After the kids were older, I mustered the courage to display tradition-rich, elegant (read: breakable) items like a glass nativity and a musical ceramic St. Nicholas. But with Sooby, Pooh, and Bootsie scheduled to arrive on Christmas Day, I will need to play down the elegance and probably the nostalgia. One look at my house this year and you can easily figure out that my theme is "interactive."
"Interactive" means that the kids--a baby, a toddler, and a preschooler--will be able to experience my decorations up close and personal. They can touch and rearrange however they wish. This year, my decorations look a lot like toys. Here are some of the things they can look forward to:
- a homemade felt board on which they can place felt cutouts of Santa, his reindeer, his sleigh, his bag, and a number of toys.
- a "stable" (garage sale--25 cents) that is just the right size for positioning plastic figures of Mary, Joseph, Baby Jesus, the three wise men, a donkey and a cow. This particular stable has two levels, so if Baby Jesus gets cold, he can be moved upstairs (heat rises?). Or, if the donkey and cow need to come in and warm up, they can claim a spot by intimidating the three wise men.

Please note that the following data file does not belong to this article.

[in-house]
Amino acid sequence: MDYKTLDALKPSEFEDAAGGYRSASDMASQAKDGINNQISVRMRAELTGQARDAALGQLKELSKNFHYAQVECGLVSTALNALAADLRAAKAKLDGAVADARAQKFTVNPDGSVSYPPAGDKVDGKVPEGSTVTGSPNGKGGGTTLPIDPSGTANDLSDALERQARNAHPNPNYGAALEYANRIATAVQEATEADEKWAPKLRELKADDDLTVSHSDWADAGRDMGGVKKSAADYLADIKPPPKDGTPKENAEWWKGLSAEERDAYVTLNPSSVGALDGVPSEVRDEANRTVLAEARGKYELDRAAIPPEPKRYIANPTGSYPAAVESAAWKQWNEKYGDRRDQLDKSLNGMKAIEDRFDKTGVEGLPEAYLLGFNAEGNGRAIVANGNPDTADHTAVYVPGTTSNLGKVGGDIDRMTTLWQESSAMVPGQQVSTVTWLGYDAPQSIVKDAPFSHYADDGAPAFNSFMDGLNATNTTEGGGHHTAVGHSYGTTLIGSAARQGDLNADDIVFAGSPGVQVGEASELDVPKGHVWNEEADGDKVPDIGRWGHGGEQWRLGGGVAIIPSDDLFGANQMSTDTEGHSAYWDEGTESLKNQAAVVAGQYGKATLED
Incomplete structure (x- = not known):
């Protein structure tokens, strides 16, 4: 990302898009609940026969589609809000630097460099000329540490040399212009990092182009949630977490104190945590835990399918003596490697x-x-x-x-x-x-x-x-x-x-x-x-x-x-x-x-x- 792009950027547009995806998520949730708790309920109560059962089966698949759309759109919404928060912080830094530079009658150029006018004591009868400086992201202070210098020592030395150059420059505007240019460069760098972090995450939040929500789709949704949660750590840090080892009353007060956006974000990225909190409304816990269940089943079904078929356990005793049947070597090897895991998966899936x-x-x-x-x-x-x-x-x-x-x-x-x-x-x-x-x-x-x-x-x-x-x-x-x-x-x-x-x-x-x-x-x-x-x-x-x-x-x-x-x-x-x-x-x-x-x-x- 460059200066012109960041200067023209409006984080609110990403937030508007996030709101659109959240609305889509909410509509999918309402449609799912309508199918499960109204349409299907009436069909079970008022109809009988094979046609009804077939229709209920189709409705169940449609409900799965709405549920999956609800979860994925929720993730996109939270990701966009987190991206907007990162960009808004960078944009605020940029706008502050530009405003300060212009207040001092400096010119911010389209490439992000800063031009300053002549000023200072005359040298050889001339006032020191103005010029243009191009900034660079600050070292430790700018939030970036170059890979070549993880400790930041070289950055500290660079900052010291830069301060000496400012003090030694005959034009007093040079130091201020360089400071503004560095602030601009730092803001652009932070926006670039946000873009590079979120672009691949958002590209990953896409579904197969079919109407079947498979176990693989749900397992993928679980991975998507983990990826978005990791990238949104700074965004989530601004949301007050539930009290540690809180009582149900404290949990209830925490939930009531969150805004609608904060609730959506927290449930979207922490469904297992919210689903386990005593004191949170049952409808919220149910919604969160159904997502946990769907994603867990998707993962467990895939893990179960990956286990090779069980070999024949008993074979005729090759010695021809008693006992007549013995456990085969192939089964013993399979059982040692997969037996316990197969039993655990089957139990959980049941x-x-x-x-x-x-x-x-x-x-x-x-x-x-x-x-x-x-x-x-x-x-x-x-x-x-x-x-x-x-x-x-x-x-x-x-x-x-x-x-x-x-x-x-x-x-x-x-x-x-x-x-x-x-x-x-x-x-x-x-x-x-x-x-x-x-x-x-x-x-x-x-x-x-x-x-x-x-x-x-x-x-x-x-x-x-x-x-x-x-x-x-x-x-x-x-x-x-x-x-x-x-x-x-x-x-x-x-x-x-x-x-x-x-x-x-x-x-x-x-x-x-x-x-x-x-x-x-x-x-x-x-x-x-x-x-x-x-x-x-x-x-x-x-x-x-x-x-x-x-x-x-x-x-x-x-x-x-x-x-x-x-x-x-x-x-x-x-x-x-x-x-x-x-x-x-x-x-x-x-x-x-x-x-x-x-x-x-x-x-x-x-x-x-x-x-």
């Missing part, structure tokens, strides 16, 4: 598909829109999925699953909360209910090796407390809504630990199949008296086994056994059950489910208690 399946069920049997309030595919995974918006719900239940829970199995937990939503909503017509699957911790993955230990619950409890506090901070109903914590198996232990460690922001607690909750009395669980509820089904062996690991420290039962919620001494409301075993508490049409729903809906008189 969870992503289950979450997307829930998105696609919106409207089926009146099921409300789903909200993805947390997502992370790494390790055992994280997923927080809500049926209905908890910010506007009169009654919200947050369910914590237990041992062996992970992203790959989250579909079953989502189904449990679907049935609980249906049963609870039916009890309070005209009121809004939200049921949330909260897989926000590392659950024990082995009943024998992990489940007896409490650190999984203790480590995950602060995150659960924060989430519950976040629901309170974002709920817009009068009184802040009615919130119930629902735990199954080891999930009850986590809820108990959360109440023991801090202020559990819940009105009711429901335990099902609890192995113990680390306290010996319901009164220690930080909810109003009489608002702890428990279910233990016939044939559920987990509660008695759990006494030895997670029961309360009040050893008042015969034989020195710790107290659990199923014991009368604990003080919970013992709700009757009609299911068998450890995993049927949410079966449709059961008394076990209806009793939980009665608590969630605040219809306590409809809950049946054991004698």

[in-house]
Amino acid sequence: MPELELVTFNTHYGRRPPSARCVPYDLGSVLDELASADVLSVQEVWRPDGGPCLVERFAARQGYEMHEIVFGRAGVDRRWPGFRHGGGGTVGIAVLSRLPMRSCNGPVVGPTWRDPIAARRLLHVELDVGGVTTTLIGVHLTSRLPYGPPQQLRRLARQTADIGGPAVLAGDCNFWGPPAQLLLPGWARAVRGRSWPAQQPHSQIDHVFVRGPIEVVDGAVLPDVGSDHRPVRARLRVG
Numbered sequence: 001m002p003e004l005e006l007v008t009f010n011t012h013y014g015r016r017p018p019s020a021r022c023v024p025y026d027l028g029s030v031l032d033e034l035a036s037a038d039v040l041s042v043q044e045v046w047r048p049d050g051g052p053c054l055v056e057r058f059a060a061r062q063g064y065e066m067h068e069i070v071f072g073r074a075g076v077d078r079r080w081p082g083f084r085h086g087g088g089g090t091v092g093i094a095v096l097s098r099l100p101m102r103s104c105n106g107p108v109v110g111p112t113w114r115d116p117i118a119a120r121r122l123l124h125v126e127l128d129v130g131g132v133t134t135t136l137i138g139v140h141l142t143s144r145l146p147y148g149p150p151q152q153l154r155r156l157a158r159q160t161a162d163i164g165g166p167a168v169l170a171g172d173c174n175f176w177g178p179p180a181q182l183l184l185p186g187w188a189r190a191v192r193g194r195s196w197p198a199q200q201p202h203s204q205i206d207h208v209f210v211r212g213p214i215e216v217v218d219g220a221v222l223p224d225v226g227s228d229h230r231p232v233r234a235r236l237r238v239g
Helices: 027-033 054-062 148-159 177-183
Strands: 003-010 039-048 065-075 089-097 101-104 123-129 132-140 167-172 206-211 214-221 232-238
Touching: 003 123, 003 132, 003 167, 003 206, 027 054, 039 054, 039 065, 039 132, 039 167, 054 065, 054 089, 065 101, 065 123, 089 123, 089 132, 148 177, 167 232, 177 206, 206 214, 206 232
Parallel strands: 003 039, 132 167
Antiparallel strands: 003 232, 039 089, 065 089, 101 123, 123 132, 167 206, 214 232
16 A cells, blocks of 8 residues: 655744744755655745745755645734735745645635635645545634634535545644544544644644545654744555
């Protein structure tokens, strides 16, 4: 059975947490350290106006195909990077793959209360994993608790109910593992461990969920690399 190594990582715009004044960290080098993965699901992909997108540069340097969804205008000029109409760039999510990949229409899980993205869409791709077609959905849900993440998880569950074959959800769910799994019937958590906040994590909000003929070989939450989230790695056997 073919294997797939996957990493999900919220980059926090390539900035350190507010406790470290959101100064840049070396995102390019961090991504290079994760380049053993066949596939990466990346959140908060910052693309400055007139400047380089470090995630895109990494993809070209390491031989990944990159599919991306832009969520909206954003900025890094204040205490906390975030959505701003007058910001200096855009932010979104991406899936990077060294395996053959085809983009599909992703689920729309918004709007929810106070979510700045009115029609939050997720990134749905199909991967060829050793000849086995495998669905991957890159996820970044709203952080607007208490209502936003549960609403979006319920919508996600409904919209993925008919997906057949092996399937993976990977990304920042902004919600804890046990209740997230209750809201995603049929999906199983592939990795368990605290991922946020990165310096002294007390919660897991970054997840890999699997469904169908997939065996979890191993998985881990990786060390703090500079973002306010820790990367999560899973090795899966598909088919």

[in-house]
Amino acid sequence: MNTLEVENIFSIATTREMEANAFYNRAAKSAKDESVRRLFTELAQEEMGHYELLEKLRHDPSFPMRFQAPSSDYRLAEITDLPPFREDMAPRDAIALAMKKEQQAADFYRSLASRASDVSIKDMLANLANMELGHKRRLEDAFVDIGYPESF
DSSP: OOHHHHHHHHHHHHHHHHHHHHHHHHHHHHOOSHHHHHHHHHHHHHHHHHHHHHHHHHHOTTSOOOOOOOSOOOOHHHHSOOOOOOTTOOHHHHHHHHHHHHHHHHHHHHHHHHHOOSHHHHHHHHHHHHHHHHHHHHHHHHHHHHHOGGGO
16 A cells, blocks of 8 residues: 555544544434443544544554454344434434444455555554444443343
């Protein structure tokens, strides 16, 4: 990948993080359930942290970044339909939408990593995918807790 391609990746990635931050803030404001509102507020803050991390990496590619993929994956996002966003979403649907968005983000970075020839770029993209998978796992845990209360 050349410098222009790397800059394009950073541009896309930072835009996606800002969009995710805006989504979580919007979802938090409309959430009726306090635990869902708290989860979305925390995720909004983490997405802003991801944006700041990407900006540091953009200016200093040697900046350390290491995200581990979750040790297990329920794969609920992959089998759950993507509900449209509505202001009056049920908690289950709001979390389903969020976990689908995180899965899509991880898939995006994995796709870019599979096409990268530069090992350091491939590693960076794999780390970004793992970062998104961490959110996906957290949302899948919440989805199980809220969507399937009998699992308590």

- two Beanie Kid dolls (Chip and Boomer) dressed as Santa Claus and an elf. These elaborate costumes (garage sale--$1 each) include hats, a beard for Santa, full suit, shoes or boots, and a bag of toys that attaches to Santa's wrist with a rubber band. Chip and Boomer can practice a little role reversal here while the kids hone their fine motor skills by dressing and undressing them numerous times. And what fun it might be to mix up the costumes? Santa wearing elf shoes! An elf with a beard! The combinations are endless.
- a set of red and green painted wooden blocks with letters much like the ones we all played with as kids ourselves. Except, this set consists of seven blocks, with which you can spell "Noel" or "Joy." I am seeing the potential for a spelling explosion here, as we mix up these blocks to make words like loon, loo (maybe not), and lye. One, on, and no. I imagine I will use that last word a lot.
Christmas calls for a more or less immersion in the symbols, stories, and traditions of this most wonderful time of the year. This year, I am expecting the kids to revel in it up to their elbows, and, if these ideas run their course--well--there are always all those possibilities afforded by a good batch of homemade sugar cookie dough, a bowl of icing, and a shaker of sprinkles. Capitalizing as it does on all five senses, that is about as interactive as you can get.